The Marriage in Roman Law

By: Anavitarte, E. J.*

Marriage or lawful nuptials (iustae nuptiae), is a solemn legal business, through which a man and a woman were united in a relationship with civil and religious effects, with the main purpose of forming a family.

This union─coniugium─was the most important legal event of a Roman citizen, since it derived effects on a personal level, on a patrimonial level, and would determine their role in civil society. For example, the paterfamilias is nothing more than a sui iuris man who has contracted iustae nuptiae .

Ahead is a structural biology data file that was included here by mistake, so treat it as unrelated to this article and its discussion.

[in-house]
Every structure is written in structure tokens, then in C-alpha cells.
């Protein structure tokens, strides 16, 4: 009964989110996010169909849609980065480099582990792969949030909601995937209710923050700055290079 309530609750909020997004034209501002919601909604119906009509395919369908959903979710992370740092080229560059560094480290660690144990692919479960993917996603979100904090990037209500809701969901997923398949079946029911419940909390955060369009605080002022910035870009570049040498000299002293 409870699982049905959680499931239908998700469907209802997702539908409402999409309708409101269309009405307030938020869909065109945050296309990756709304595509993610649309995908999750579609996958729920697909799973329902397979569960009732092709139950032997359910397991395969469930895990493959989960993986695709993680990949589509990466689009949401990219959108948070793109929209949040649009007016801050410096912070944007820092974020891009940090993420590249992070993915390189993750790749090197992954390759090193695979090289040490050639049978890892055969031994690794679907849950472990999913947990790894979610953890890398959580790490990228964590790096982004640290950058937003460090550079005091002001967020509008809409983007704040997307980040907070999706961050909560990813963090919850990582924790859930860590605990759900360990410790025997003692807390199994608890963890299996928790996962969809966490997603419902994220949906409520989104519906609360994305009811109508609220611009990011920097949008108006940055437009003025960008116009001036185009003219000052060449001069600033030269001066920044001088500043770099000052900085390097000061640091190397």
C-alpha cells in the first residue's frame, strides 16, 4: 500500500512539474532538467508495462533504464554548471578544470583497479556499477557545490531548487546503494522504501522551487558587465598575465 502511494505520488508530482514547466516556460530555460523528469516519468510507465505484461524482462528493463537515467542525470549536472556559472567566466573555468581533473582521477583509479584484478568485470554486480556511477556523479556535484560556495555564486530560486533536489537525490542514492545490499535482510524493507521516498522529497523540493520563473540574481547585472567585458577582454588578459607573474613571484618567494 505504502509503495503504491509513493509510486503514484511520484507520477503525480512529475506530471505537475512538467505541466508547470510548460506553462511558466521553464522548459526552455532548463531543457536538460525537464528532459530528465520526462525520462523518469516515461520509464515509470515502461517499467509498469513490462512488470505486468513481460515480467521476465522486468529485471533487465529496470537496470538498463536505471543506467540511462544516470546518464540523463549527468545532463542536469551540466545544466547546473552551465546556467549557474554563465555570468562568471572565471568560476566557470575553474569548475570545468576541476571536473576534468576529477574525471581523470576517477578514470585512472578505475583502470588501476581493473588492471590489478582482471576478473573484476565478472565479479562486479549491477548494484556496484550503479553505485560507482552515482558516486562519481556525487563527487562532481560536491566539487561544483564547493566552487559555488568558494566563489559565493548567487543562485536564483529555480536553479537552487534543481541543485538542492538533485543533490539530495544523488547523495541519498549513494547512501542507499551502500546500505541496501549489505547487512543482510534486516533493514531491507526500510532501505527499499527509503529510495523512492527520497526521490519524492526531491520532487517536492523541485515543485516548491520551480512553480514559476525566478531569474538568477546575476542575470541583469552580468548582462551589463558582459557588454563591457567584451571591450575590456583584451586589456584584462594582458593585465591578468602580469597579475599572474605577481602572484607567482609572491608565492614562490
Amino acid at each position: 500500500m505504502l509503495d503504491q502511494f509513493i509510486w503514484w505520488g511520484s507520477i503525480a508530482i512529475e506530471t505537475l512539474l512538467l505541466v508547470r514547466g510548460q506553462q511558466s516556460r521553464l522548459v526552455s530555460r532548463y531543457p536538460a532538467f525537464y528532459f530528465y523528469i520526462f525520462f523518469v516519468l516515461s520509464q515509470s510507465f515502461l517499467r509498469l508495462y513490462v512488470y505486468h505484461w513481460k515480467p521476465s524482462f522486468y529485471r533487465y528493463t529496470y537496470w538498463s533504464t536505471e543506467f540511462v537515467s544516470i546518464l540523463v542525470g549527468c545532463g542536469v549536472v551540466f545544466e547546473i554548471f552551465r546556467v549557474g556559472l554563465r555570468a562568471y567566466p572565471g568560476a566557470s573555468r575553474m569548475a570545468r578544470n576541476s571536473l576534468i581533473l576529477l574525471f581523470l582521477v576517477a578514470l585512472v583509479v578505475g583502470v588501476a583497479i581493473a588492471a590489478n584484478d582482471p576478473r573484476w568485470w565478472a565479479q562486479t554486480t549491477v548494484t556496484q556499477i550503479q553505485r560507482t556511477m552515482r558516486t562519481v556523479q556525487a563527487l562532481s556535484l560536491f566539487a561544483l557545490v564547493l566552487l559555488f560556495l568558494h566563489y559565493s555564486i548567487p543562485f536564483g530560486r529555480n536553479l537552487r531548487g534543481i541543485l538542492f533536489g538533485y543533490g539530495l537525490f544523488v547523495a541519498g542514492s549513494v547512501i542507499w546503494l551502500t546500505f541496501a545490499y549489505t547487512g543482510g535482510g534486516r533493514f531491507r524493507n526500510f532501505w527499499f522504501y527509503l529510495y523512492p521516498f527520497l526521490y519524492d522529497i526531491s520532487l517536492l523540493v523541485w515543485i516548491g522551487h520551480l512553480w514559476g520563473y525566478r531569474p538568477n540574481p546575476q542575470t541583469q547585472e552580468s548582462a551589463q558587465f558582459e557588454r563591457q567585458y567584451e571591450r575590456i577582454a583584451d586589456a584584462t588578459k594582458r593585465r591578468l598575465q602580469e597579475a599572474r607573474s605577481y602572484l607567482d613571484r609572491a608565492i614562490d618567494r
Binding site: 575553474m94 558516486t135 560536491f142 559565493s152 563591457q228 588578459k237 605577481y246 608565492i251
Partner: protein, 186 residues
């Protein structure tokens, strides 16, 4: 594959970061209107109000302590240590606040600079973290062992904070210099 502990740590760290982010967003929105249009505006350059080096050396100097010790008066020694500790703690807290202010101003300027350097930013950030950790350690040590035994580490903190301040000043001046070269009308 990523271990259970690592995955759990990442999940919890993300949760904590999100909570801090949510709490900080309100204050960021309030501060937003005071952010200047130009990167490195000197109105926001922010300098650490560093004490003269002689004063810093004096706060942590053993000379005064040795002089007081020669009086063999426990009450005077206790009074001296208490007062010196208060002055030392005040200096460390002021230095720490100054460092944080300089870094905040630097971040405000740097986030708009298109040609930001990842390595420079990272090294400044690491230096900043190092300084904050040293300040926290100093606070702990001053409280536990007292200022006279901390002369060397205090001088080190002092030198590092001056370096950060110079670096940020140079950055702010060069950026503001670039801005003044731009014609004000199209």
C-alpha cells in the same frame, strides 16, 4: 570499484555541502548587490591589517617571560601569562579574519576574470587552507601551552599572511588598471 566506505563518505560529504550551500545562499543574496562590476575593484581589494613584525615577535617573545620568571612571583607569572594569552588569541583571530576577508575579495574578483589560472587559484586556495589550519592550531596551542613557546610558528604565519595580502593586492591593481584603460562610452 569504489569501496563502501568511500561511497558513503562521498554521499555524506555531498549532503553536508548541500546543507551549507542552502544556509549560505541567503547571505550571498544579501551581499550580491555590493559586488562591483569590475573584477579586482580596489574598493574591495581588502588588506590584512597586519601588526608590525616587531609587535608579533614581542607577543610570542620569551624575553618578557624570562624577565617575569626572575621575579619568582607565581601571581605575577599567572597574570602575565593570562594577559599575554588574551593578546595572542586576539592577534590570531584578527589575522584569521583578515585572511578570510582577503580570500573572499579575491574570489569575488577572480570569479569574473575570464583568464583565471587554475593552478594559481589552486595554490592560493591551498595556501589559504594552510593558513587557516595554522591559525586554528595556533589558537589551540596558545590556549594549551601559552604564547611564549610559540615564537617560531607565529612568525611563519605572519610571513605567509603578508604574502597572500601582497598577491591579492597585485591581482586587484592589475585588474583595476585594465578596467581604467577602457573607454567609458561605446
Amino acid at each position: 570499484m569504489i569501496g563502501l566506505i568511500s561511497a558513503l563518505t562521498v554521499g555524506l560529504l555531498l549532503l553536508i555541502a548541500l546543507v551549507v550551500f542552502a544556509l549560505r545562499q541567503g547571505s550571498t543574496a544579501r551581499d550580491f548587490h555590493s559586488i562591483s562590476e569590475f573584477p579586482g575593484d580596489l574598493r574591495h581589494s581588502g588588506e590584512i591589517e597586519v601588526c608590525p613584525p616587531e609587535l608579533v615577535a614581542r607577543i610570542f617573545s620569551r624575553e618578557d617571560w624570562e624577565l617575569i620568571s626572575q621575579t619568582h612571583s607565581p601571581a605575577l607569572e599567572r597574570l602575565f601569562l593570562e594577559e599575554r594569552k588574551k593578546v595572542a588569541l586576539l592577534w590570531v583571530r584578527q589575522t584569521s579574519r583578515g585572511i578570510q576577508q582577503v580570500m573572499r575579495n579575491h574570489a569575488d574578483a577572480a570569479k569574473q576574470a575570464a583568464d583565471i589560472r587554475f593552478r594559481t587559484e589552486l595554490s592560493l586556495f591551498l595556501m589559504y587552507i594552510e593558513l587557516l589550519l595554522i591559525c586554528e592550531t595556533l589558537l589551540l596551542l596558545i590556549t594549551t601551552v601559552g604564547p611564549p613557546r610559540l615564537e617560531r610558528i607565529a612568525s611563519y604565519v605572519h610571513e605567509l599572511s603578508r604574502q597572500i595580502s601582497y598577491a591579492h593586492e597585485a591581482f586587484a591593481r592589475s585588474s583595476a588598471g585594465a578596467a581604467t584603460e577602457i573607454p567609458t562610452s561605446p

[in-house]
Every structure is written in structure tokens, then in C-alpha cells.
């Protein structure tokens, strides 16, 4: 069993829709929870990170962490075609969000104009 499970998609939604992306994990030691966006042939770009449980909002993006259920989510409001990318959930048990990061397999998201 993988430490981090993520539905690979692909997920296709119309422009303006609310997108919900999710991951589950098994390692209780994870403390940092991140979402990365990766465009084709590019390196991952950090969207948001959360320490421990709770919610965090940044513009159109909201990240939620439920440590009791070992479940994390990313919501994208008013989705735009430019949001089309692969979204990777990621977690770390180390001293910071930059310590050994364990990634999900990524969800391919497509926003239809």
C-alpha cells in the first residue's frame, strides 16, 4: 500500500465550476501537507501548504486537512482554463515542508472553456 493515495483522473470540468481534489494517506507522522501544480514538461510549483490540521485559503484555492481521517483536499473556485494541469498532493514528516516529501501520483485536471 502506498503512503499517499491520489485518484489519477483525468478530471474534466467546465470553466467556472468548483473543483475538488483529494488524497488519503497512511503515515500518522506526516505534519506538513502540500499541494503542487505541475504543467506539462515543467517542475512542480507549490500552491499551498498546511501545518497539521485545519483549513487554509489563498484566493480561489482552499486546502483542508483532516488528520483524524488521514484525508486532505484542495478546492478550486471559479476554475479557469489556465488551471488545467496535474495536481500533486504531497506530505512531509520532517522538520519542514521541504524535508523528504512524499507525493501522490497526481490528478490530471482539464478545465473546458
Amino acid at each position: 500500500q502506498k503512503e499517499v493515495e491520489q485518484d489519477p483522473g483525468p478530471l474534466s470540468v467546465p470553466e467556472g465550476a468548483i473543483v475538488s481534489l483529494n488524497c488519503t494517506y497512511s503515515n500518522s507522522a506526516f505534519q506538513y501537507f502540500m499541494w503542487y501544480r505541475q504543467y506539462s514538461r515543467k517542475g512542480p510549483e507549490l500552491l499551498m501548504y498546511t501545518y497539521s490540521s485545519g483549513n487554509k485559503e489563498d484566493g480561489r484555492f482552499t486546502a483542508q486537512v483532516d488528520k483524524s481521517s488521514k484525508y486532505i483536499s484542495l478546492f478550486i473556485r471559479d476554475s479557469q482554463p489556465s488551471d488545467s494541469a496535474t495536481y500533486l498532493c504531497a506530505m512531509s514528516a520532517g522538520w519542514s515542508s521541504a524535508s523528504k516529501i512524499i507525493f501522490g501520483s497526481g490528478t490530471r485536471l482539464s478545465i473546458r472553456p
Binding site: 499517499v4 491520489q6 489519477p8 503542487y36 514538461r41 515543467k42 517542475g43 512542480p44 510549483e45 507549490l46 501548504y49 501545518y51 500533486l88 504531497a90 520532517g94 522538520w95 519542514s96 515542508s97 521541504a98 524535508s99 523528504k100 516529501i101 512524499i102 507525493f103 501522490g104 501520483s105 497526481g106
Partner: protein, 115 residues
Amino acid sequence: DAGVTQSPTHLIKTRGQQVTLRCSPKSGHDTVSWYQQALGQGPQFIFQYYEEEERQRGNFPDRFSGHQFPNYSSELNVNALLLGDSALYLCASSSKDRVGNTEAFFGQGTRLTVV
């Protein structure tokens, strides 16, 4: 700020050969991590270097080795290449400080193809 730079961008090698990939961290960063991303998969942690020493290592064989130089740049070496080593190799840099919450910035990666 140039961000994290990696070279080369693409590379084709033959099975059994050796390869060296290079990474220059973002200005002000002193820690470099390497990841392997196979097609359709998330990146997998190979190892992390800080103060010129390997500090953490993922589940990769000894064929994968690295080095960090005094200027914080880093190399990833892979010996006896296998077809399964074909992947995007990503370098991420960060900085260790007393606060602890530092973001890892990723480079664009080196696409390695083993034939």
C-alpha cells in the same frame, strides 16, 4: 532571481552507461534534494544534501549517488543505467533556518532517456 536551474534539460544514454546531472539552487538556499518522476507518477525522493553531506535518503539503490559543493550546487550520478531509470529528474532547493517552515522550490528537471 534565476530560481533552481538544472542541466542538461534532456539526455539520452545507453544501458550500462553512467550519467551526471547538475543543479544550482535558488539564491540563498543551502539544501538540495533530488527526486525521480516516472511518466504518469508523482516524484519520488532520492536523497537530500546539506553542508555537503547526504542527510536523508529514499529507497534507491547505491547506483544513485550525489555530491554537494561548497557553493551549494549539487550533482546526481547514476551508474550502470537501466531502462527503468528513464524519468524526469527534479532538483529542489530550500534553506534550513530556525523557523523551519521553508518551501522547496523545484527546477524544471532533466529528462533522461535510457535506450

Hence, to marry, the Romans reserved a right, the ius connubium, within the nucleus of Roman rights─ius quiritium─so that it could have legal effects. Anyway, for the Romans it was so important that it could only be exercised by Roman citizens.

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